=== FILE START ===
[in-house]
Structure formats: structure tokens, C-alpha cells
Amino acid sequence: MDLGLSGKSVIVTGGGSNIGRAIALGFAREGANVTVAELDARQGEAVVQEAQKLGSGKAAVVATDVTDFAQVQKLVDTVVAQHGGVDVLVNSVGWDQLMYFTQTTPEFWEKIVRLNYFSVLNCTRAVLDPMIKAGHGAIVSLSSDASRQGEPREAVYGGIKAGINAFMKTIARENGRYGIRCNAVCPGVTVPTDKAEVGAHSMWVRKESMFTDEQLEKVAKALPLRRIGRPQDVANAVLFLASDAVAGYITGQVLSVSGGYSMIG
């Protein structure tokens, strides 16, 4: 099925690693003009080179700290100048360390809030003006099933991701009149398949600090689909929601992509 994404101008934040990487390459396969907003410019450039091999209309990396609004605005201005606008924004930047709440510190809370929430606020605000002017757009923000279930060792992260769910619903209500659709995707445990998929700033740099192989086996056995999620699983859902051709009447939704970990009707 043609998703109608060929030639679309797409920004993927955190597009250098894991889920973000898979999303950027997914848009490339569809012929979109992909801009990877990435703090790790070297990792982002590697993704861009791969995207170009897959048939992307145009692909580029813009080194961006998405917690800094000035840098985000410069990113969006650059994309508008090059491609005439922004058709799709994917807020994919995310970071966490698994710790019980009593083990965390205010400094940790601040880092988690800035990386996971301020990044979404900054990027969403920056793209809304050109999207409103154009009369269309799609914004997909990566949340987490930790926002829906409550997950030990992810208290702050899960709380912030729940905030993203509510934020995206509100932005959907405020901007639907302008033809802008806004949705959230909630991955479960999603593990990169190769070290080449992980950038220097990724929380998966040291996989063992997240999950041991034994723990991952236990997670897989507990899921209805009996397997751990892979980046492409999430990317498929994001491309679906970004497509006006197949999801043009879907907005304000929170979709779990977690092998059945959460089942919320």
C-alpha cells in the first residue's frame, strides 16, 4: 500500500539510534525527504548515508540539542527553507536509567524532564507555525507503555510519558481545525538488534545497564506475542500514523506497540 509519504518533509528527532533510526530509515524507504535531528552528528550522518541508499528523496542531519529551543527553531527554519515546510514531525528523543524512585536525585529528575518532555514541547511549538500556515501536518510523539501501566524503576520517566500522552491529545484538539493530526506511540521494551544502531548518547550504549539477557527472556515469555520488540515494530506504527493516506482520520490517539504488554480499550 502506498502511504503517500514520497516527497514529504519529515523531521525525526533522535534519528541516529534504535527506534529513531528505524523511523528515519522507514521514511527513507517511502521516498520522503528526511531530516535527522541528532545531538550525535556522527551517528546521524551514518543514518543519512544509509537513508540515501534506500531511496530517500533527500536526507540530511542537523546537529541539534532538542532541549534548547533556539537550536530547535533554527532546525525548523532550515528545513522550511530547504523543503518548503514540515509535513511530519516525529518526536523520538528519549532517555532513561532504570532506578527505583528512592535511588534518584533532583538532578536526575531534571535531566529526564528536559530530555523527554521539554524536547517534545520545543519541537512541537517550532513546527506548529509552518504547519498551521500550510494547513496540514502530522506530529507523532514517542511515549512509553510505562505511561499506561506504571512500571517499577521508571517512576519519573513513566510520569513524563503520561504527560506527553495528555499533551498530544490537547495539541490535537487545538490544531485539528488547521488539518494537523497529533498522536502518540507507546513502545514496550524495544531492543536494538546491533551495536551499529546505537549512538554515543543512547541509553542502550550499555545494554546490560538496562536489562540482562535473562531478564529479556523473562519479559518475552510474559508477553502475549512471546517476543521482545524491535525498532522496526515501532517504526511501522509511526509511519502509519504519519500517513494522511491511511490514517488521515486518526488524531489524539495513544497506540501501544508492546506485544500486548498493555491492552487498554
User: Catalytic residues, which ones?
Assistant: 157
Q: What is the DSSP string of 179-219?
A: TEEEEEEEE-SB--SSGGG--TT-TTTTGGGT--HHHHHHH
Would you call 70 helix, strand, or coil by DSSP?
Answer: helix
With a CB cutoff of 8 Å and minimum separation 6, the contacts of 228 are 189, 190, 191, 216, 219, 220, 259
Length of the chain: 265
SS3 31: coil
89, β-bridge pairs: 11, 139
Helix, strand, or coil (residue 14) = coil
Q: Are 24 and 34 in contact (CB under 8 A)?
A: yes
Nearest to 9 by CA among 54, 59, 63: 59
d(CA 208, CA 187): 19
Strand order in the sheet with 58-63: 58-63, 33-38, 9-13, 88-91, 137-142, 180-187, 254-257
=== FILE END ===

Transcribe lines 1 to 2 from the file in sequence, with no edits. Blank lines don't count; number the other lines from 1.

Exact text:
[in-house]
Structure formats: structure tokens, C-alpha cells